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The Twin Root of Our Confusion and Our Power in Times of Turmoil: Muriel Rukeyser on the Wellspring of Aliveness

“Whatever has happened, whatever is going to happen in the world, it is the living moment that contains the sum of the excitement, this moment in which we touch life and all the energy of the past and future.”

The Twin Root of Our Confusion and Our Power in Times of Turmoil: Muriel Rukeyser on the Wellspring of Aliveness

It is such delicate work, such devoted work, the work of contouring the personhoods of persons who have imprinted the world with nothing less than revolutions of the mind, yet have left only faint traces of themselves as persons, unselved first by the nature of their revolutionary ideas — vast, abstract, lightyears beyond the solipsisms of the self — and then unselved again by the selective collective memory we mistake for history and its perennial failure at a foothold in the abstract beyond personhoods, beyond identities, beyond the narrow and unimaginative bounds of so-called human interest. There is quiet heroism to this work of rescuing from obscurity and erasure lives understanding which helps understand the entire eras in which they were lived and the fundaments of sensemaking the following epochs have taken as givens.

Such is the work Muriel Rukeyser (December 15, 1913–February 12, 1980) did with Willard Gibbs: American Genius (public library).

Muriel Rukeyser

Rukeyser’s own genius came abloom in the dawn of her twenties, when her debut poetry collection, Theory of Flight, earned her the Yale Younger Poets Award — America’s longest-running literary accolade. She was not yet thirty when she composed her staggering more-than-biography of the father of physical chemistry, Willard Gibbs (February 11, 1839–April 28, 1903) — this odd and world-shifting bridge figure between classical mechanics and quantum physics, celebrated as the greatest mind of the nineteenth century, lauded by Einstein as one of the most original and important thinkers America ever produced, prophesied to outlive in remembrance all of his contemporaries except perhaps Lincoln, yet almost entirely forgotten by Rukeyser’s time.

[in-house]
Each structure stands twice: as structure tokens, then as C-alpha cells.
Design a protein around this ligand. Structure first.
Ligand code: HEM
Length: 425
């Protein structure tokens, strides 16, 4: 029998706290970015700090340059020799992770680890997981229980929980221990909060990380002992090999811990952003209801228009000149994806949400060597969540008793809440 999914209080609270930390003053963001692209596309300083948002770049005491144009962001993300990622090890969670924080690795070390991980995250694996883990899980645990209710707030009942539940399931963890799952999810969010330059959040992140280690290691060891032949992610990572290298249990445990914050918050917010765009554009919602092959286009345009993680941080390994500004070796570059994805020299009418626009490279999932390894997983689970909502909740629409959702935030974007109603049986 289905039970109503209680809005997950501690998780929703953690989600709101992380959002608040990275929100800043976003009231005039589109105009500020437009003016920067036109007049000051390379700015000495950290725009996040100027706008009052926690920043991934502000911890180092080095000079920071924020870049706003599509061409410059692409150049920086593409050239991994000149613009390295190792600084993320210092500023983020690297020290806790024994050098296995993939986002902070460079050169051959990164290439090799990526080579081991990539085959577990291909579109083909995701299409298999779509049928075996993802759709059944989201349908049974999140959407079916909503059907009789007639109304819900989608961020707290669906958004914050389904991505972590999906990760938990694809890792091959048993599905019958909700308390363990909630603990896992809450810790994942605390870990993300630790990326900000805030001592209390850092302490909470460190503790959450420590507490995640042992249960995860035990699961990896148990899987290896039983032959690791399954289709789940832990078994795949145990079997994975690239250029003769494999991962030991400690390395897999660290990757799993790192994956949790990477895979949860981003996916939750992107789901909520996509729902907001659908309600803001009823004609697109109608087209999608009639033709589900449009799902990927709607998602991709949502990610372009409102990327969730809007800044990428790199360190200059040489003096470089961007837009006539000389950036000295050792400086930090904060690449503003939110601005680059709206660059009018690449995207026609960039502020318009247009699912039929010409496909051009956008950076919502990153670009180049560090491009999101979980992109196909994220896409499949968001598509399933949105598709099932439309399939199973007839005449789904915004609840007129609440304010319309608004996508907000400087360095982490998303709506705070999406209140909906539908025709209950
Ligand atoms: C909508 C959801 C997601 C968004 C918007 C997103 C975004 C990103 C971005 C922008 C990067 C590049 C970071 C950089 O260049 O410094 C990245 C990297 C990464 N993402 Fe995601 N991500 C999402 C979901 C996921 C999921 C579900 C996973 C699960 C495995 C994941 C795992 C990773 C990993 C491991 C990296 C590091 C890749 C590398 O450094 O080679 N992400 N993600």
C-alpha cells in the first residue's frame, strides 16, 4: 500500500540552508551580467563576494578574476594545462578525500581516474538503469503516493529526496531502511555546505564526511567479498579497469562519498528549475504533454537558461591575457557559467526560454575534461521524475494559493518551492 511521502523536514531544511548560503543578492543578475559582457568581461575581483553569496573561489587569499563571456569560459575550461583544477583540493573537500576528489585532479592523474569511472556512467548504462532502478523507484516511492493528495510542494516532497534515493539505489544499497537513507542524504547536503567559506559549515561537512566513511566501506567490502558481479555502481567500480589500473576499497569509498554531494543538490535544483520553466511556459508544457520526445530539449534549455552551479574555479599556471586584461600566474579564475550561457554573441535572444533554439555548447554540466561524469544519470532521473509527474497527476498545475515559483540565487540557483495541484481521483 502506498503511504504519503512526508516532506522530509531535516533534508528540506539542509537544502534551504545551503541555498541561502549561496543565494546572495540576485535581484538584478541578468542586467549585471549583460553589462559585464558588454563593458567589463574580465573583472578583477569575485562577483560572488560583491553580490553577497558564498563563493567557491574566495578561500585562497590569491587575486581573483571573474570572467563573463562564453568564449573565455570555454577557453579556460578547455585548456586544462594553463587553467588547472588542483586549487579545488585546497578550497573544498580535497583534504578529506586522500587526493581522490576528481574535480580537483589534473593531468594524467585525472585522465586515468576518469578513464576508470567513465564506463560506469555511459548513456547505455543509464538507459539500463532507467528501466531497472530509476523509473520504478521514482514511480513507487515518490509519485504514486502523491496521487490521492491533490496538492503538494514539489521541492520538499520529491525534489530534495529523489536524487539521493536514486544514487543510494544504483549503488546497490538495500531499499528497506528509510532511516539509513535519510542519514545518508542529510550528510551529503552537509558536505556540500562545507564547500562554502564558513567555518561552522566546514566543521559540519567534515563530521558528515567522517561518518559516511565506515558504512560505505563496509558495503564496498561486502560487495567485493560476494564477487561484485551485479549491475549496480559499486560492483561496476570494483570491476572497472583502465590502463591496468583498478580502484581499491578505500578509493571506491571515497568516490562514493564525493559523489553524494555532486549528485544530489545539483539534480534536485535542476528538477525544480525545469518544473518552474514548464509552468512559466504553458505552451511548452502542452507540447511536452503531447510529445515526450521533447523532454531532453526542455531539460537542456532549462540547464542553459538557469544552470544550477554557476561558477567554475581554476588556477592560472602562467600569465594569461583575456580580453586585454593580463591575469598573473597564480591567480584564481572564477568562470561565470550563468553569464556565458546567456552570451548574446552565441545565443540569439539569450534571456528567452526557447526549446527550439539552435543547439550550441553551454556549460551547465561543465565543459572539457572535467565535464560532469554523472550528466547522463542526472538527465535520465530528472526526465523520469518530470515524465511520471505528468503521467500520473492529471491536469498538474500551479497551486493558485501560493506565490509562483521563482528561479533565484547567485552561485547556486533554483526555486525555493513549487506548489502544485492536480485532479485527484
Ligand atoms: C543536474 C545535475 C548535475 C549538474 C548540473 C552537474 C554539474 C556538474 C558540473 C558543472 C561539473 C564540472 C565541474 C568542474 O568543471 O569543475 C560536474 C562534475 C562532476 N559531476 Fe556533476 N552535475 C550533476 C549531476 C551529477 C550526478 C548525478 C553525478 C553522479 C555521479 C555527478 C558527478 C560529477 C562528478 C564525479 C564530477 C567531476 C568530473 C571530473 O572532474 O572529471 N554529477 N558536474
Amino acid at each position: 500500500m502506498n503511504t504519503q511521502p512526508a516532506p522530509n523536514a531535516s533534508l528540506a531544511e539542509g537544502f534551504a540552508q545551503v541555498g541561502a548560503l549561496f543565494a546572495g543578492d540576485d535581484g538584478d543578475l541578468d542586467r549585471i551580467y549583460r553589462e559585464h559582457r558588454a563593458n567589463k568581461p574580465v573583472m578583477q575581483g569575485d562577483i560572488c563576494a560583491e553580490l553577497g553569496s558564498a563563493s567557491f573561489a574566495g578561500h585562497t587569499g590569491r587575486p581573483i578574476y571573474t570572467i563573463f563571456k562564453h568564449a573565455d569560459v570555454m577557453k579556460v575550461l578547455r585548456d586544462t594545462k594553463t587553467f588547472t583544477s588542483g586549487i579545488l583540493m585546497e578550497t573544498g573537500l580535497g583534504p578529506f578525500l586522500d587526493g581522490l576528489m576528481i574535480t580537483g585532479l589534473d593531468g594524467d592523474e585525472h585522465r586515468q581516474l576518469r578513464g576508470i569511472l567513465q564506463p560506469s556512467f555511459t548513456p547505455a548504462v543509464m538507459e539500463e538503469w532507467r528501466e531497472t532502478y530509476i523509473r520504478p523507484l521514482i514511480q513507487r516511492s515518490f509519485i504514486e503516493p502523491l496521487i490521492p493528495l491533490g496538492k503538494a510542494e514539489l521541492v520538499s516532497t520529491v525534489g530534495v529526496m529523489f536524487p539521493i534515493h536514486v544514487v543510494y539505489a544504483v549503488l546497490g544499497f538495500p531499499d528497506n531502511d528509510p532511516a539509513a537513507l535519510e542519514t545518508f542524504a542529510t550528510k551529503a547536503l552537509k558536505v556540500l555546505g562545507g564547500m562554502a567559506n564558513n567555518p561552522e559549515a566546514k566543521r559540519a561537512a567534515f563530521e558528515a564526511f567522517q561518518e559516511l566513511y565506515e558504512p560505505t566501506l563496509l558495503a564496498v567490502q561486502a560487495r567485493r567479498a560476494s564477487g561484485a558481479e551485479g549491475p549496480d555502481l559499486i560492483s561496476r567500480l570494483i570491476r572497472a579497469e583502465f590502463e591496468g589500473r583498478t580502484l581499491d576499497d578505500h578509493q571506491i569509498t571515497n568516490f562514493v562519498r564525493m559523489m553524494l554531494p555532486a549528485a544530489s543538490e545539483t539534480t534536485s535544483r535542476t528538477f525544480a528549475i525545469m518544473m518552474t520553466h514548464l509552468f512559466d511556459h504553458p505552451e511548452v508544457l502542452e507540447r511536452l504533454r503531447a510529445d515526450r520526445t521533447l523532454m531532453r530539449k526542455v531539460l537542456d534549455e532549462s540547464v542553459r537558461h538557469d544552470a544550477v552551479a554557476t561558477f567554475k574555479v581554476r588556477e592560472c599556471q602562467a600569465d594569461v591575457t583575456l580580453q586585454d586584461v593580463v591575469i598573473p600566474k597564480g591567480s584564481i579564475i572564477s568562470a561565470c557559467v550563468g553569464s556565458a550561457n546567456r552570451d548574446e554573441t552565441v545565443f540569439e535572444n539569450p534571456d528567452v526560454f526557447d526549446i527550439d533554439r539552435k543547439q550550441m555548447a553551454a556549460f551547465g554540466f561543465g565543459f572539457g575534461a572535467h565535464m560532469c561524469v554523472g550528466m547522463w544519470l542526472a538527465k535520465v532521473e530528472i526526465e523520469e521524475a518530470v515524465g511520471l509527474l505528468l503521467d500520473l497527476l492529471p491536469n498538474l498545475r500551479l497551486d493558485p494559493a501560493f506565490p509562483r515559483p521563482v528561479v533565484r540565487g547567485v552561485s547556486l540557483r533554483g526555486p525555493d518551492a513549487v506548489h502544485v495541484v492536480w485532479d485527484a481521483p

Like Eddington, Gibbs was a quiet, reserved genius — “silent, inhibited, remote,” Rukeyser tells us — queer by all reasonable deduction; he never married and lived out his life in his sister’s home. Like Newton, who accomplished the greatest leap in science within the solitude of his plague quarantine, Gibbs imagined his revolution within the chamber of the mind, within a dense solitude — “in silence, in isolation, in the years of rejection directly after the Civil War, when abstract work was wanted least of all, when the cry was for application and invention and the tools that would expand the great growing fortunes of the diamond boys.” And yet there he was, living “closer than any inventor, any poet, any scientific worker in pure imagination to the life of the inventive and organizing spirit of America.”

Willard Gibbs, 1855. (Beinecke Rare Book & Manuscript Library, Yale University.)

Rukeyser’s enchantment with Gibbs became the crucible for her lifelong stewardship of the parallels between poetry and science, her astute and abiding insight into how they help hold “the giant clusters of event and meaning that every day appear” and in doing so “equip our imaginations to deal with our lives.”

Published in 1942, Rukeyser’s majestic 446-page masterwork of antierasure grew from the seed of a fascination first germinated with her poem “Gibbs,” written as WWII was beginning to cast its umbra of terror over all that is bright and beautiful in the human spirit, unpeeling from the hallways of time the image of every genius who ever lived as an irrelevance to this apotheosis of dumb destruction. It is always the poet’s task to defend the relevance of radiance, whatever its shape and subject, and so she did. From the life of Willard Gibbs, Muriel Rukeyser drew something larger, vaster, more radiant than his life, than any life — a celebration of life itself, of the living mind and its deathless imagination and the power of that imagination to irradiate the world with the wonder of possibility. It is the connective tissue of her thought, the poetic musculature of context and concept propping up the skeleton of the dead scientist’s life, that renders Rukeyser’s book a revelation from the opening page: